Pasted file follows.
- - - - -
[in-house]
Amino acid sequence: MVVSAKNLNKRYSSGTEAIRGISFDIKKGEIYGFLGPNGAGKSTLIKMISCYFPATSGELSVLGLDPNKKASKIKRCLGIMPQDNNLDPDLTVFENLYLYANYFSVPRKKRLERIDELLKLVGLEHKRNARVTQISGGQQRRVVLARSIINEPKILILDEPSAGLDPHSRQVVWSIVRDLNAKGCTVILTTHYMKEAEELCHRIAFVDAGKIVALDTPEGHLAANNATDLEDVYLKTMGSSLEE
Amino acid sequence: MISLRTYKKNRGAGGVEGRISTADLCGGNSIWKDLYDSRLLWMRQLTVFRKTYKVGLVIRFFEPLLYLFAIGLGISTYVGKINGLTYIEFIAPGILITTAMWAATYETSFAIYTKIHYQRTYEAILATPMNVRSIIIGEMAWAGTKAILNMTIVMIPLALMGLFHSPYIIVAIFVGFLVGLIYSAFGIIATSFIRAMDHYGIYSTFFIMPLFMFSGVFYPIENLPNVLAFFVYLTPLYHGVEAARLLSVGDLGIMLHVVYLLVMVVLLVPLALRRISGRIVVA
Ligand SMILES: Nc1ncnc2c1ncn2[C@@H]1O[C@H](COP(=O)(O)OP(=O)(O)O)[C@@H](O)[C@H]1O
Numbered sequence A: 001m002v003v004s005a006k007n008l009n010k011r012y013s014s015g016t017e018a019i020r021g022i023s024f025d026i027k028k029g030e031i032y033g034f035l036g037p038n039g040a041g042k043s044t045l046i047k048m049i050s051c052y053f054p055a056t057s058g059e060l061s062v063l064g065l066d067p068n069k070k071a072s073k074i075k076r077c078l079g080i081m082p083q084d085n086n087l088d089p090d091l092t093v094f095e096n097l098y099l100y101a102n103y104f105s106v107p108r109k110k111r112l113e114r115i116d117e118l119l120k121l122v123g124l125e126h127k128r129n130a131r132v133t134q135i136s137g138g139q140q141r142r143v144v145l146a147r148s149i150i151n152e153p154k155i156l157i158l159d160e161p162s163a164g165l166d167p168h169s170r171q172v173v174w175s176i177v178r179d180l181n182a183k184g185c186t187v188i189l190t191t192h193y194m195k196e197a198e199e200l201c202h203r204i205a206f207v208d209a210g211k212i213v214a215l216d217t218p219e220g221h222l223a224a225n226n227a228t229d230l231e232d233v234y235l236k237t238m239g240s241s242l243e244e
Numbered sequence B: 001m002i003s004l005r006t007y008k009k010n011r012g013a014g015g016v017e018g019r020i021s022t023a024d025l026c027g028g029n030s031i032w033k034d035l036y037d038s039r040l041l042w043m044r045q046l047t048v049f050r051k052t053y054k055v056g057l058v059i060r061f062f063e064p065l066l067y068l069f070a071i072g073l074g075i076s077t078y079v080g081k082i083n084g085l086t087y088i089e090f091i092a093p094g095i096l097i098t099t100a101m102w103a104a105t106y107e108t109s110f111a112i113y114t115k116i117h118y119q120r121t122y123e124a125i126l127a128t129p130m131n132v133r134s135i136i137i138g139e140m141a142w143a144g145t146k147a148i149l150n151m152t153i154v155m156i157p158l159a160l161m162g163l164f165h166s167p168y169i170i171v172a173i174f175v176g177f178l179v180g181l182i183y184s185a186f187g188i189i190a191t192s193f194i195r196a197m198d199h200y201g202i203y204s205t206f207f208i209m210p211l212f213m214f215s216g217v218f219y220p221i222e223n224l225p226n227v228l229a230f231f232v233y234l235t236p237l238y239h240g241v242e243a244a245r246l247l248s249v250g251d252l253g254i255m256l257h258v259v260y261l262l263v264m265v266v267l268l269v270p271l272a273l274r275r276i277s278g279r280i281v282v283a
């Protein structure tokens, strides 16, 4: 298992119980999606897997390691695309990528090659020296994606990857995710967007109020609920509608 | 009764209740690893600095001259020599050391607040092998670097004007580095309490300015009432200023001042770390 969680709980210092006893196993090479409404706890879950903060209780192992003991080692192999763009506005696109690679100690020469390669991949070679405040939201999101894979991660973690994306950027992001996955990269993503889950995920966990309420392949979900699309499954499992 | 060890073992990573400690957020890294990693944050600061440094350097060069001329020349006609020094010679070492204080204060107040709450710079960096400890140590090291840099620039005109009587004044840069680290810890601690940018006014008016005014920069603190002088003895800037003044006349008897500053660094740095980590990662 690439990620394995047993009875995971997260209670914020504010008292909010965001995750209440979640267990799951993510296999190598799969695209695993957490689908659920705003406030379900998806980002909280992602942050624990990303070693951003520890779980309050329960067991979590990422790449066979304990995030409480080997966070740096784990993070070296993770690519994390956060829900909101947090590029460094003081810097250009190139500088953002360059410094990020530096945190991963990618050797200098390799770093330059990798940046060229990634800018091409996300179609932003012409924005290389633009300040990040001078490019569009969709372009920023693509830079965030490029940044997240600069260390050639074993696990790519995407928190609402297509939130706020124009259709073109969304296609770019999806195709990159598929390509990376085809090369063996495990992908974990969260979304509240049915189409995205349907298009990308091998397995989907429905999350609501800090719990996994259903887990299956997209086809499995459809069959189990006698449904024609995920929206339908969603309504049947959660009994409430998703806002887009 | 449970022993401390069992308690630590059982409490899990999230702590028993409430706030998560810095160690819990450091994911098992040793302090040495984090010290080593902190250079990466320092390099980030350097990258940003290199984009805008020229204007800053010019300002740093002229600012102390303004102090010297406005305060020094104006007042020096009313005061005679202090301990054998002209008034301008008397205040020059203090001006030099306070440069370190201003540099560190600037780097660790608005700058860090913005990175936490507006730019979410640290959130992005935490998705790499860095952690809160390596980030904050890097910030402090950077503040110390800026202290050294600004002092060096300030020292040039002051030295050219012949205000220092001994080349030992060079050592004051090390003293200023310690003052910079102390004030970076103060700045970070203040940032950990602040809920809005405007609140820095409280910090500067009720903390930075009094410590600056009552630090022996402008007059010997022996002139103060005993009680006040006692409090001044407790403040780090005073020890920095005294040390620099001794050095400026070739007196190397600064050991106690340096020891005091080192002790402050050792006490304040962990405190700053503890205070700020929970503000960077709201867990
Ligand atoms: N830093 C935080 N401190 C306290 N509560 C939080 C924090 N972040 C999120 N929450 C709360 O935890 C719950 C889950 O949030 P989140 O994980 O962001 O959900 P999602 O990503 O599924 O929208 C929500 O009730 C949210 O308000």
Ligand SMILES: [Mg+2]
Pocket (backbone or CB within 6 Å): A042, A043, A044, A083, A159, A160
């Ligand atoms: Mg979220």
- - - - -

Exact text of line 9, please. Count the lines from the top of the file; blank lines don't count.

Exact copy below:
Ligand SMILES: [Mg+2]